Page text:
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Anglo-Dutch consumer goods behemoth Unilever has just announced its new set of climate goals. In addition to investing US$1.1 billion in a new climate fund, the company now aims to reach net zero emissions by 2039, hitting the benchmark earlier than the target set by the Paris Agreement. It will also show carbon labels on its products – all 70,000 of them.
The multinational giant that owns Dove skincare, the cult favourite ice-cream brand Ben & Jerry’s and Hellmann’s mayonnaise has recently released its new sustainability plan. Its bold statement is to zero-out all its carbon emissions from its own operations and its suppliers with a deadline of 2039, surpassing the 2050 target set by the Paris Agreement.
Many of the science-based targets outlined in its climate neutrality plan goes beyond the typical offsetting goals set by most corporates. To achieve a deforestation-free supply chain by 2023, the multinational will employ satellite monitoring, geolocation tracking and blockchain technology to ensure traceable and transparent information across its supply chain.
In terms of protecting the planet’s scarce water resources, Unilever also plans to make all its product formulations 100% biodegradable by 2030, a move that will dramatically change the composition of many of its personal care products.
To top the ambitious proposal, Unilever brands will collectively pledge US$1.1 billion into a new dedicated “Climate & Nature Fund”, which will be used over the next decade to finance impact projects such as landscape restoration, reforestation, carbon sequestration, wildlife protection and water preservation.
In the announcement, CEO Alan Jope said: “While the world is dealing with the devastating effects of the Covid-19 pandemic, and grappling with serious issues of inequality, we can’t let ourselves forget that the climate crisis is still a threat to all of us.”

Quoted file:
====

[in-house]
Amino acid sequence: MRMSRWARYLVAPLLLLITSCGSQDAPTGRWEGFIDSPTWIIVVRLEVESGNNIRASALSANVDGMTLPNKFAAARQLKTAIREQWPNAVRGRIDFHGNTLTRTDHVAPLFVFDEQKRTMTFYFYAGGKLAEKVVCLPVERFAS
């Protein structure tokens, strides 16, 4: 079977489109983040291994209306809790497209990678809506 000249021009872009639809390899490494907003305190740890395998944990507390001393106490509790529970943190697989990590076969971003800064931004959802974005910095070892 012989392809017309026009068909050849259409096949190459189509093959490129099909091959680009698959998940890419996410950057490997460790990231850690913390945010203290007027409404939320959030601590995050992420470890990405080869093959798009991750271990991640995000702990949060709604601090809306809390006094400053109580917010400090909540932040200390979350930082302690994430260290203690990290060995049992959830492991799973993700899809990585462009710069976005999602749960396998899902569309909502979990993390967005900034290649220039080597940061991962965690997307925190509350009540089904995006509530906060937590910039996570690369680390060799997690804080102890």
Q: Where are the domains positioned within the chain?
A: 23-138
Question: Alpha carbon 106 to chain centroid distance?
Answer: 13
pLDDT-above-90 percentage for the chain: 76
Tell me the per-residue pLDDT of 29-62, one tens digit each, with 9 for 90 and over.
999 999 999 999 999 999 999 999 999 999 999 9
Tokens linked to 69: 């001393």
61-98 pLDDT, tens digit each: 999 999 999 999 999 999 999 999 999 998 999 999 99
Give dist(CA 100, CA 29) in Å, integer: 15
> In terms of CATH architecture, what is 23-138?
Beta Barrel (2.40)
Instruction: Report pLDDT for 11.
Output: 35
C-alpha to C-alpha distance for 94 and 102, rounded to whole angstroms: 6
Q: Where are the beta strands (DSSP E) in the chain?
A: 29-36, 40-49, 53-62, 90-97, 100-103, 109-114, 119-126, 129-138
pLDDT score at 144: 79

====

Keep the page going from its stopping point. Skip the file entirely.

“We, therefore, have a responsibility to help tackle the crisis: as a business, and through direct action by our brands.”
Perhaps the most arduous of its commitments, the multinational revealed that it plans to show carbon labels on each of the 70,000 products it manufactures across its entire inventory, from shampoo to mustard. The labels will tell consumers the greenhouse gases emitted in the production and transportation process.
“It’s a very big commitment,” said Marc Engel, chief supply chain officer at Unilever. “But we are clearly seeing that consumers want to know how the products they buy contribute to their own carbon footprint.”
The idea of using carbon footprint labels to explain to consumers the sustainability of a product has grown in popularity over the recent months. Eco footwear brand Allbirds, for instance, announced in May that it would display a carbon count for its entire sneaker collection. Vegetarian and vegan meat substitute brand Quorn also launched its own low-carbon food labels to show consumers how many emissions are saved by ditching conventional meat and dairy.
Even the digital industry is not exempt from the trend as the individuals across the world begin to wake up to the environmental impact of all our daily activities. Last year, digital company Wholegrain Digital launched a website footprint calculator for brands and users to find out how emissions-efficient each site is.
This isn’t the first time that Unilever has made bold sustainability targets. In November last year, the company announced that it had achieved 100% renewable energy in its own operations, following from its CEO’s promise to divest from non-sustainable companies.
But in recent weeks amid the pandemic, the consumer goods giant has stepped up its climate advocacy, a sign of reckoning that mass consumers are now demanding real corporate action on the world’s most pressing issues. In late May, Unilever was among the 155 companies with a combined worth of over US$2 trillion urging governments to make net-zero emissions the centre of coronavirus recovery plans.
Lead image courtesy of Press Association.